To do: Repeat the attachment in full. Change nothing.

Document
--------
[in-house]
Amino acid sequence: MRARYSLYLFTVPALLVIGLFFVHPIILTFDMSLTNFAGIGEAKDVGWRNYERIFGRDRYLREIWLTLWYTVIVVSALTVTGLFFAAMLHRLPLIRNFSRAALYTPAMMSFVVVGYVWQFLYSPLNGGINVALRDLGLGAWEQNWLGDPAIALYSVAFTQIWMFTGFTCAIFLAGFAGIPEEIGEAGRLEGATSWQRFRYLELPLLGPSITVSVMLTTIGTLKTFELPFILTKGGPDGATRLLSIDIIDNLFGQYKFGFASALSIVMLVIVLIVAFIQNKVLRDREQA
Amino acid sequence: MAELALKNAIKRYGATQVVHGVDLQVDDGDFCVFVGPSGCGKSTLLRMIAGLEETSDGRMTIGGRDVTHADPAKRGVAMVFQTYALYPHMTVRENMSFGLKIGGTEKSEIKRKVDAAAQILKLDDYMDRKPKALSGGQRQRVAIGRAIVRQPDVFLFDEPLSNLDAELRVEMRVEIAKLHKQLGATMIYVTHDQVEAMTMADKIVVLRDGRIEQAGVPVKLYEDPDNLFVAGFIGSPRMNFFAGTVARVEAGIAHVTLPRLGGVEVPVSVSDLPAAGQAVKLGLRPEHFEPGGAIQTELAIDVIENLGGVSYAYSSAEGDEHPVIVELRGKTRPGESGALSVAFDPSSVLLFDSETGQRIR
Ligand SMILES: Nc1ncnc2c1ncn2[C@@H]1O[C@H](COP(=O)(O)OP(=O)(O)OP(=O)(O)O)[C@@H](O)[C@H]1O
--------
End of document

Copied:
[in-house]
Amino acid sequence: MRARYSLYLFTVPALLVIGLFFVHPIILTFDMSLTNFAGIGEAKDVGWRNYERIFGRDRYLREIWLTLWYTVIVVSALTVTGLFFAAMLHRLPLIRNFSRAALYTPAMMSFVVVGYVWQFLYSPLNGGINVALRDLGLGAWEQNWLGDPAIALYSVAFTQIWMFTGFTCAIFLAGFAGIPEEIGEAGRLEGATSWQRFRYLELPLLGPSITVSVMLTTIGTLKTFELPFILTKGGPDGATRLLSIDIIDNLFGQYKFGFASALSIVMLVIVLIVAFIQNKVLRDREQA
Amino acid sequence: MAELALKNAIKRYGATQVVHGVDLQVDDGDFCVFVGPSGCGKSTLLRMIAGLEETSDGRMTIGGRDVTHADPAKRGVAMVFQTYALYPHMTVRENMSFGLKIGGTEKSEIKRKVDAAAQILKLDDYMDRKPKALSGGQRQRVAIGRAIVRQPDVFLFDEPLSNLDAELRVEMRVEIAKLHKQLGATMIYVTHDQVEAMTMADKIVVLRDGRIEQAGVPVKLYEDPDNLFVAGFIGSPRMNFFAGTVARVEAGIAHVTLPRLGGVEVPVSVSDLPAAGQAVKLGLRPEHFEPGGAIQTELAIDVIENLGGVSYAYSSAEGDEHPVIVELRGKTRPGESGALSVAFDPSSVLLFDSETGQRIR
Ligand SMILES: Nc1ncnc2c1ncn2[C@@H]1O[C@H](COP(=O)(O)OP(=O)(O)OP(=O)(O)O)[C@@H](O)[C@H]1O